The president is responding to "very real anger" from the American people and the ballooning budget deficit, former Federal Reserve chairman Paul Volcker said yesterday during a meeting of the Economic Club of New York, where Volcker was the featured speaker.
It's not unfair to say that big institutions that benefitted "one way or another from the bailout" should now "carry some of that burden and it's a question of how they do it," Volcker said.
"It's not an unreasonable response," he said. "He has to do something -- the law says he has to do something ."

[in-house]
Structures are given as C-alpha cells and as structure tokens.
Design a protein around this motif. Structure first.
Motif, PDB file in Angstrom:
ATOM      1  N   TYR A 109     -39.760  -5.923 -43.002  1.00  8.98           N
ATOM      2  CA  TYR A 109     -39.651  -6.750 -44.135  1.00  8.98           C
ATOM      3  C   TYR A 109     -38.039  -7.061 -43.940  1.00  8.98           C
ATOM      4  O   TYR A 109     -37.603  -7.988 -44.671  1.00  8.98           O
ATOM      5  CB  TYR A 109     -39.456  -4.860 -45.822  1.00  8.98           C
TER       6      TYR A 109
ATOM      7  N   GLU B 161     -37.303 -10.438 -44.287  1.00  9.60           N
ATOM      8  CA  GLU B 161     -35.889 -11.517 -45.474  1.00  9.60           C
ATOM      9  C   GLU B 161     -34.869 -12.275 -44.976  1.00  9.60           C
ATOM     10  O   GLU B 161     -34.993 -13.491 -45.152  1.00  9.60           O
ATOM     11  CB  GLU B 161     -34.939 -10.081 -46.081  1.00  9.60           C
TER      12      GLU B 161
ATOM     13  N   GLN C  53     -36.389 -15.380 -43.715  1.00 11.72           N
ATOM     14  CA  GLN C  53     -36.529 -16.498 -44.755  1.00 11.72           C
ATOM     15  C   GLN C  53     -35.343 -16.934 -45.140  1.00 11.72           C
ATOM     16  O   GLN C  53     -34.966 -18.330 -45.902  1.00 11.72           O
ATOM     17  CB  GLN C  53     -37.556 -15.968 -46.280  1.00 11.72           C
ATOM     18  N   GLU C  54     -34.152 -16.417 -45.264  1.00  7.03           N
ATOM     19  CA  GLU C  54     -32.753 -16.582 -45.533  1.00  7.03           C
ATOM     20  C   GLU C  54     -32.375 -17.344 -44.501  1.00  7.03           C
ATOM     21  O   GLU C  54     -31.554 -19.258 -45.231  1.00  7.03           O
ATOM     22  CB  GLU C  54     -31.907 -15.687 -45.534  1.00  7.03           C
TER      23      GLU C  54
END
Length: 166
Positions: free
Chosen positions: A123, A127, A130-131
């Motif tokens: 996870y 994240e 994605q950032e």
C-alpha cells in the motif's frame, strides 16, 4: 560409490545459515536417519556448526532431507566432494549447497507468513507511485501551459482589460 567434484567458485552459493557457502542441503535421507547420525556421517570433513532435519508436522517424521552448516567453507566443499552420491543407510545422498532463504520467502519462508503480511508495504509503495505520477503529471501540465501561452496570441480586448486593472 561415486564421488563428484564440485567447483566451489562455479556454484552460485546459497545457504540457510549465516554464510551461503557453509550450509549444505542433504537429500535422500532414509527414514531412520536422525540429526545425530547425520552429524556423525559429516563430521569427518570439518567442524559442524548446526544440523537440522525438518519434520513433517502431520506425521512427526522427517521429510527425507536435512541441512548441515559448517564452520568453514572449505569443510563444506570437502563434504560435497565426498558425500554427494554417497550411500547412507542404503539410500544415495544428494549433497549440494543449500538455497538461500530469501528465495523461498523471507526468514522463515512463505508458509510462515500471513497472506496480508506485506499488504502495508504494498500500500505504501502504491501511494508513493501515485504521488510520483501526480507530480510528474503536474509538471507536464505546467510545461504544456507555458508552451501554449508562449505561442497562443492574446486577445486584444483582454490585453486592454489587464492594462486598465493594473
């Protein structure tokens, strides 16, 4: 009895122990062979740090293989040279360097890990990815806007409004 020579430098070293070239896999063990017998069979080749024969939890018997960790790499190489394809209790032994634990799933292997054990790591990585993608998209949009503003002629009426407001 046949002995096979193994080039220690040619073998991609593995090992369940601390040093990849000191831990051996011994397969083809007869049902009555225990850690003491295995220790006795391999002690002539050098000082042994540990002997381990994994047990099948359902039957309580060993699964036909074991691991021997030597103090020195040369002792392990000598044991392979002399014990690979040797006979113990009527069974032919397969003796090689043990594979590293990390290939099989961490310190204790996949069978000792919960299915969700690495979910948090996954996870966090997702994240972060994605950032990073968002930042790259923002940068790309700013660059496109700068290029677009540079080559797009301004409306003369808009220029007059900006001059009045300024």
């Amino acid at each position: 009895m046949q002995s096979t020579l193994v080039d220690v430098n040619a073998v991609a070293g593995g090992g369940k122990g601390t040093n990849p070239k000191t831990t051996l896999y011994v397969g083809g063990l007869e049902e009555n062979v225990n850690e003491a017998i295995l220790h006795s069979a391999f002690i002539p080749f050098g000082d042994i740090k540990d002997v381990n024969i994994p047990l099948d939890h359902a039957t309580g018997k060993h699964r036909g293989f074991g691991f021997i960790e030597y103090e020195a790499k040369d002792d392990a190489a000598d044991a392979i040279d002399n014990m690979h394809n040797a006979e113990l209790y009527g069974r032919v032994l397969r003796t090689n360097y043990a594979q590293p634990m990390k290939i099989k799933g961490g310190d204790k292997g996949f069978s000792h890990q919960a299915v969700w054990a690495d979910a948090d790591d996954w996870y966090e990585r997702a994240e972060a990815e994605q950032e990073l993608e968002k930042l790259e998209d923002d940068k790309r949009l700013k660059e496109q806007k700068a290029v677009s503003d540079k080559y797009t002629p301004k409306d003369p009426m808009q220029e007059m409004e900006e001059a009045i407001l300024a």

Former Clinton economic adviser and Princeton professor Alan Blinder also emphasized the president's legal obligations.
"There's a congressional mandate to get back the money. It's not like one of the choices, if you obey the law, is to do nothing, so it becomes an issue of what's a better or worse way to do it," Blinder said in an interview at the Economic Club meeting.
Blinder noted that the tax is supposed to be based on the amount of risk a bank takes.
"I like the concept, but I worry about the practice," Blinder said, adding that he still had to review the details of the proposal.
With reports from ABC News' Alice Gomstyn and Matthew Jaffe.